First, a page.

For the Federation of American Scientists Secrecy Bulletin in 2005, it was reported:

"The first time I saw [the Mujahideen Poisons Handbook]," said chemist George Smith of, "I thought it must be a hoax."

"Careful examination of the document shows that it is crammed with errors, seemingly the work of someone with little discernible sense, profoundly ignorant of the nature of simple compounds and incompetent in even minor [laboratory] procedures," Dr. Smith wrote in National Security Notes in March 2004."

This is as true now as it was then.

For example, the statement in the Guardian about how the manual instructs how to make poison from potatoes is merely stupid. And wrong.

In the Poisons Handbook, it simply consists of a brief entry -- originally lifted from Hutchkinson's old US-published book -- on the green spots you occasionally see on potato chips, solanine, as an allegedly workable poison.

While solanine is toxic, there is no practical way to make use of what exists in tiny amounts of it from spoiled potatoes. And the manual, indeed, does not magically make one able to do it.

However, for Samina Malik the document was very poisonous.

She "was found guilty at the Old Bailey of owning terrorist manuals," reported the BBC simply in November of 2007.

Malik was convicted for possessing records deemed to be of potential use to terrorists, including the document pictured above. It had been published many places on the web and the above snapshot was published in a Sunday edition of the Washington Post newspaper in 2005.

"[She] was acquitted on a more serious charge of possessing articles for terrorist purposes, a fact that the judge said he took into account when deciding on a suspended sentence," reported the Los Angeles Times in early December of that year.

But back to the present.

"The government's anti-terror law watchdog has become involved in an artist's attempt to use jihadist handbooks and extremist tracts in his work," reported the Guardian.

"Lord Carlile of Berriew has advised Xenofon Kavvadias after the Metropolitan police warned the Greek artist he could be arrested and prosecuted under the Terrorism Act if he mounts an exhibition featuring texts such as The Islamic Ruling on the Permissibility of Martyrdom Operations, a justification for suicide bombings used by Chechen extremists."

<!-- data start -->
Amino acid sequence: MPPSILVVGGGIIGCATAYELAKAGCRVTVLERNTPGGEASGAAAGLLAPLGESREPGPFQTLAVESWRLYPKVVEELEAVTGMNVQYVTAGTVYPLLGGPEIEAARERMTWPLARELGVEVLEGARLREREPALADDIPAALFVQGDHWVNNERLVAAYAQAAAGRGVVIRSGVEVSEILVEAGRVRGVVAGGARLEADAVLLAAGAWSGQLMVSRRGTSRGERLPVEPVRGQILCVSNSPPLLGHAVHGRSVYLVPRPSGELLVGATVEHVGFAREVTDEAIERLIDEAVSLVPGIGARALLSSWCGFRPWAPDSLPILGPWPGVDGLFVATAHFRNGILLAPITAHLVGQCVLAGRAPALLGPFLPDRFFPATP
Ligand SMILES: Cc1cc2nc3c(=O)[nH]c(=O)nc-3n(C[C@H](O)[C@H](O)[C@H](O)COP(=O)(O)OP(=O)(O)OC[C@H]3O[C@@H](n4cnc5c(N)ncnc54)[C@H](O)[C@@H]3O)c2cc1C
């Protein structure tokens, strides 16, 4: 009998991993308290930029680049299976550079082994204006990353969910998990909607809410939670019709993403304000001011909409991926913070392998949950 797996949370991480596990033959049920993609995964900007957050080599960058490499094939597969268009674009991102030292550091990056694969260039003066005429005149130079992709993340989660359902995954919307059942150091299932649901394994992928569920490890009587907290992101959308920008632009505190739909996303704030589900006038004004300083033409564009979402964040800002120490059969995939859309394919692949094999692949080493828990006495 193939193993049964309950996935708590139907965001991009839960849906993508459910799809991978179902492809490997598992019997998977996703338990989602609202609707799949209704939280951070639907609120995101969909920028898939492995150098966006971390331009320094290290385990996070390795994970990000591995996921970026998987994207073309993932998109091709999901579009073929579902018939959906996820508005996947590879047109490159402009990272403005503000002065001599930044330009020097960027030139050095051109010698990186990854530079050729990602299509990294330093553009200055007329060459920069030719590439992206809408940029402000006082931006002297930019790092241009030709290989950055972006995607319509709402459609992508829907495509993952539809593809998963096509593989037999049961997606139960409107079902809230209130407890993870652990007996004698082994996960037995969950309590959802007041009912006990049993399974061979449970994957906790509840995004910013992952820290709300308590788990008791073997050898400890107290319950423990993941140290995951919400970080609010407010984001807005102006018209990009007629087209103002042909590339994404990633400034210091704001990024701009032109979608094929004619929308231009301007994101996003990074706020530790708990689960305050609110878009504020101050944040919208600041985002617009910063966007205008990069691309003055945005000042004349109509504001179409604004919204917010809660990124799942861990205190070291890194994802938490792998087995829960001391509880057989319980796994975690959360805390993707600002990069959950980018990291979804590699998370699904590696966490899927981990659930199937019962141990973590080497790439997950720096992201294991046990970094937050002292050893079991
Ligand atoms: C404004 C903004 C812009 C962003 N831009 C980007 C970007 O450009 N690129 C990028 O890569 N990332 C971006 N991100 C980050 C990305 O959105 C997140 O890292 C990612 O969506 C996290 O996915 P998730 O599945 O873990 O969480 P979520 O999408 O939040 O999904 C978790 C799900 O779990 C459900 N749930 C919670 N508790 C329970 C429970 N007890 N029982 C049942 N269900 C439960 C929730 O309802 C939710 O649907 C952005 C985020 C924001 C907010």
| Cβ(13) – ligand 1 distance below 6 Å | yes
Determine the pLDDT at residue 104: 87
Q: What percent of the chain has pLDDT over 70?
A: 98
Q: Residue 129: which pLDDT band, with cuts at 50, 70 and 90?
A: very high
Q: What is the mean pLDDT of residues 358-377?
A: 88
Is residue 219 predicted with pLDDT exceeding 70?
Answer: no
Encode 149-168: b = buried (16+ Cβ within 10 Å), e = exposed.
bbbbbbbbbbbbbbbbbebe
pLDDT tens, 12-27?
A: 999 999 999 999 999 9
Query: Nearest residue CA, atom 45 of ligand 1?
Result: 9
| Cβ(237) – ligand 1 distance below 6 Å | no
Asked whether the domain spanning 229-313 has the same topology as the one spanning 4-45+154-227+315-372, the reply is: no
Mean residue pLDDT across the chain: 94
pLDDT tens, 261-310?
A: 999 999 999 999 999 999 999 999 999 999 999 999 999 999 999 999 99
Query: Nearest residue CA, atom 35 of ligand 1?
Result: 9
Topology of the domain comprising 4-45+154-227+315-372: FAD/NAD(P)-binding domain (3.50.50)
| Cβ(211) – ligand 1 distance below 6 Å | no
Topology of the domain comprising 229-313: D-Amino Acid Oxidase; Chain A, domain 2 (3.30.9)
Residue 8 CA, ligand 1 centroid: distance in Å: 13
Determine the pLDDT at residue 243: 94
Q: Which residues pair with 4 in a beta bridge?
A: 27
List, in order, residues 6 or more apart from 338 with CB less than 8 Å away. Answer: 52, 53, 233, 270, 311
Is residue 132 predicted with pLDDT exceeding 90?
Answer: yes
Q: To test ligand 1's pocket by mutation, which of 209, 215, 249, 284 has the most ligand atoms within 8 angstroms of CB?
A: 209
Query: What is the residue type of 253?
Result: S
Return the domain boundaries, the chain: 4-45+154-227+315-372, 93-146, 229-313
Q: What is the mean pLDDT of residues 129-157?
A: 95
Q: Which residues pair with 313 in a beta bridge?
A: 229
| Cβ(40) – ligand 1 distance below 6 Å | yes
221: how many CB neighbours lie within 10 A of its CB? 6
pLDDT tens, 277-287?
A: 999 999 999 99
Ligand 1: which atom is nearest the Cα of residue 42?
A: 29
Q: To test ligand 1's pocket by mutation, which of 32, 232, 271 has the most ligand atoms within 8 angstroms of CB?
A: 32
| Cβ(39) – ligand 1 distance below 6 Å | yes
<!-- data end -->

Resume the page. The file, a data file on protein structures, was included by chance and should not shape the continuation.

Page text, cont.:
"Kavvadias says he is a pacifist and has no sympathy with Islamist extremism, but wants 'to use art to reclaim something that is lost right now: freedom of publishing and freedom of expression," continued the newspaper.

"He argues that most of the texts he proposes to feature are accessible on the internet and is keen to point out that the broad wording of anti-terrorism legislation criminalises thousands of people who have no criminal intent."

In this, Kavvadias is certainly correct.

Thousands of people have downloaded such documents and fragments of them from a variety of places on the web, including servers runs by the academy and the US government -- often out of sheer curiosity. And the British anti-terror legislation did, in fact, criminalize such action, especially so if you were Muslim.

This is just a fact.

Suprisingly, "Carlile, the government's independent reviewer of anti-terrorist legislation since 2005, has offered cautious encouragement to the project," added the Guardian.

"I am sure there is a visual arts context into which counter-terrorism legislation can be put ... The best and shortest answer to your question is that you are unlikely to be prosecuted, and if prosecuted not convicted, if you do not break sections 57 and 58 of the Terrorism Act 2000 ... I am sorry that I cannot answer your question more directly than that, but I am afraid that the law is no less conceptual than fine art."

"Nobody is going to give him a yes or a no on any particular item," Carlile told the newspaper. "If he shows anything that shows somebody who does not know how to make a bomb, then that would be a bad decision."